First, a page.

Worldchanging DC blogger, Daniel Lobo
The recent D.C. council vote confirming the initiative to require developers to adhere to the standards of the U.S. Green Building Council by the year 2012 has triggered copious displays of optimism and bragging rights in the local scene. This outburst of green has been heralded often as a sign of a competitive D.C. or even as the prospect of a D.C. that is a leader in sustainable practices. This emphasis glosses over the possibility that competition may not be sustainable, that the District may not be, or want to be, in a position to compete, and that ultimately sustainability may only be achieved through collaboration.
While it is perfectly legitimate to mark the way and â€śdo the right thingâ€?, one may need to be reminded that, in a competing situation, there are winners and losers, and that those winning today may be losing tomorrow. Thus, framing any sustainable initiatives with this philosophy might insinuate that a combative dynamic of pushing urban cores would be beneficial to developing a livable built environment. A popular, and unsubstantiated, idea is that if the District becomes a leader in urban certification others will follow. On the one hand, generally GBC's standards don't mandate that a project incorporate specific features, instead they award credits that must be collected in order to be certified. But, most importantly, this overlooks the fact that less â€śstrictâ€? neighboring jurisdictions may benefit from this initiative, spurring additional development on the fringe of the District, which points to a most obvious and often overlooked issue of regional collaboration, support of existing initiatives and enabling the viability of the existing neighborhoods and not necessarily new development.
The District is not alone regarding sustainable initiatives in the Capital region – a point well made during a recent Kojo Nmandi show on the topic. The fact that developers in the region are already approaching - with more or less passion - sustainable practices, benefiting from incentives or mandates such as the Federal Government LEED excellence program for new buildings serves as a reminder that an action to require green standards in new development should only be at best an addition to other green policies supporting a green transformation. Collaboration, like the one promoted by the U.S. Conference of Mayors, is where the new City administration should go. The USCM adopted a resolution that calls for the immediate energy reduction of all new and renovated buildings to half the national average for that building type, with increased reductions of 10 percent every five years so that all buildings designed by the year 2030 will be carbon neutral, meeting Tokyo Treaty requirements. This energy reduction resolution points importantly not only to new buildings but to the capacity of existing building stock to renovate itself as a new model of sustainability, something that the Councilâ€™s interpretation of the GBCâ€™s standards seems to gloss over.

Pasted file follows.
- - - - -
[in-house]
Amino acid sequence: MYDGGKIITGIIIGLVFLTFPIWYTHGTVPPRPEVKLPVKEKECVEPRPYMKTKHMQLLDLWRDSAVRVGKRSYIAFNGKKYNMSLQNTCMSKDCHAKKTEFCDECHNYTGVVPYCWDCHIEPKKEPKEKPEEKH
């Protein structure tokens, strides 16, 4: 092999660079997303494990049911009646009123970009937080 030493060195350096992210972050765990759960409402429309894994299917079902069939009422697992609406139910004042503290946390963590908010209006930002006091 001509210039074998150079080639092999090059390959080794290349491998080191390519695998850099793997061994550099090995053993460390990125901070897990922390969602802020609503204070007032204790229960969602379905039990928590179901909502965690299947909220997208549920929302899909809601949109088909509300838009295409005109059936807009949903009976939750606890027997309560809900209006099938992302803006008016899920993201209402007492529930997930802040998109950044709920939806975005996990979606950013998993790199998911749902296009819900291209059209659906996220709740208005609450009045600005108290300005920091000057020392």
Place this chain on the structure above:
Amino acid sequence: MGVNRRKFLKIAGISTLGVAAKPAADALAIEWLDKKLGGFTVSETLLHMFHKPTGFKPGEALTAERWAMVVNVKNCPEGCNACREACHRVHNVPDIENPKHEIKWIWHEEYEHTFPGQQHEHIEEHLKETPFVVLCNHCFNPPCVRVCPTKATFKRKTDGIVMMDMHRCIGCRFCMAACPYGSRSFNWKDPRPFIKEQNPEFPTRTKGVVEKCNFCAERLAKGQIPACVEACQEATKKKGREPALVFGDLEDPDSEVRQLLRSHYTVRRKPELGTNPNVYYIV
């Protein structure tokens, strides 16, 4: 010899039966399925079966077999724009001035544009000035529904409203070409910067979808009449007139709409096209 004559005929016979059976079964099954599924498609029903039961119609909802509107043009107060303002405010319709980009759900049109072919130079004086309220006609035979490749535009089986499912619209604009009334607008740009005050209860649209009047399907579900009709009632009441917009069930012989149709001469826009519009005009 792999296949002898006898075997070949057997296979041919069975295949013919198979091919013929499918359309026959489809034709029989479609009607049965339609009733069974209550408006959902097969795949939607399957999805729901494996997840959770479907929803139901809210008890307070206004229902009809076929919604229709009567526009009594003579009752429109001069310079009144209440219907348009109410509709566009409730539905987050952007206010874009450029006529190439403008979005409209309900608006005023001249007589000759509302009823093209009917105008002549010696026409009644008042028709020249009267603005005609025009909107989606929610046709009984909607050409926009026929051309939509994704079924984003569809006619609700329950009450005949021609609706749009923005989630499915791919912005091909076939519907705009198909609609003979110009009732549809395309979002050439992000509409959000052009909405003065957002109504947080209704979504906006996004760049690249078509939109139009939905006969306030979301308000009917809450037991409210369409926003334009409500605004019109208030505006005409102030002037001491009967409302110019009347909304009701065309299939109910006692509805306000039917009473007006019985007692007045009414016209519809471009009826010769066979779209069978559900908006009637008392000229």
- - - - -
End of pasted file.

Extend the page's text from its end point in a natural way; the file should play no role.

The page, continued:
Continuing to support initiatives that look at a broader scale while addressing local needs puts collaboration at the forefront of the health of our communities. The next D.C. Council and Mayor need to engage at all levels in partnerships that break from the isolationist history of the power spheres of the City. The current Council has tried to make a first out of their last meeting. Now, in implementing the Green Building Council certification standards, the next City Council will need to seethat in collaboration - not competition - will lay its success.
On competition, I think those statements are a general reflection that the US is somewhat of a free market economy, not a command economy. By making DC competitive, they're saying that DC is updating its ordinances to keep in line with modern practices of sustainable cities?. I don't follow the point on collaboration. Who collaborates in what way with who? Collaboration happens in China, but that's a command economy and they're usually building entire cities.
There are reasons to wonder whether a LEED ordinance is the best way solve certain environmental issues. Obviously, LEED should be a means, not an end. With regard to old buildings, DC Council could adopt an ordinance that works within the framework of LEED-EB standards; that would address the issue of old buildings. If energy is the concern, Council could help fund solar panels or subsidize the renewable energy infrastructure. BUT, at least the current ordinance is a step in the right general direction--it will motivate the big developers.
On the USCM thing, I'm not highly informed on that, but it seems very focused on energy usage. But what about water conservation, environmental impact, and indoor air quality (not mentioned in the USCM resolution). These are all issues that the LEED standards address.
Thanks for your insights, Daniel. I earn my bread designing "green" buildings. I've learned from experience that doing so requires both collaboration and competition. It's virtually impossible to achieve a truly high-performance building without a collaborative process of development, design, engineering, construction, commissioning and maintenance. But we also need a healthy competition, in the sense of trying to do better than the last great building. Because we don't yet know how to make buildings that are truly sustainable - we have a long way to go to reach that goal. So, we need to collaborate so we can try to surpass our best existing achievements.
As far as the competetive thing goes in regards to sustainability. Isn't there an aspect in sustainability of everyone wins?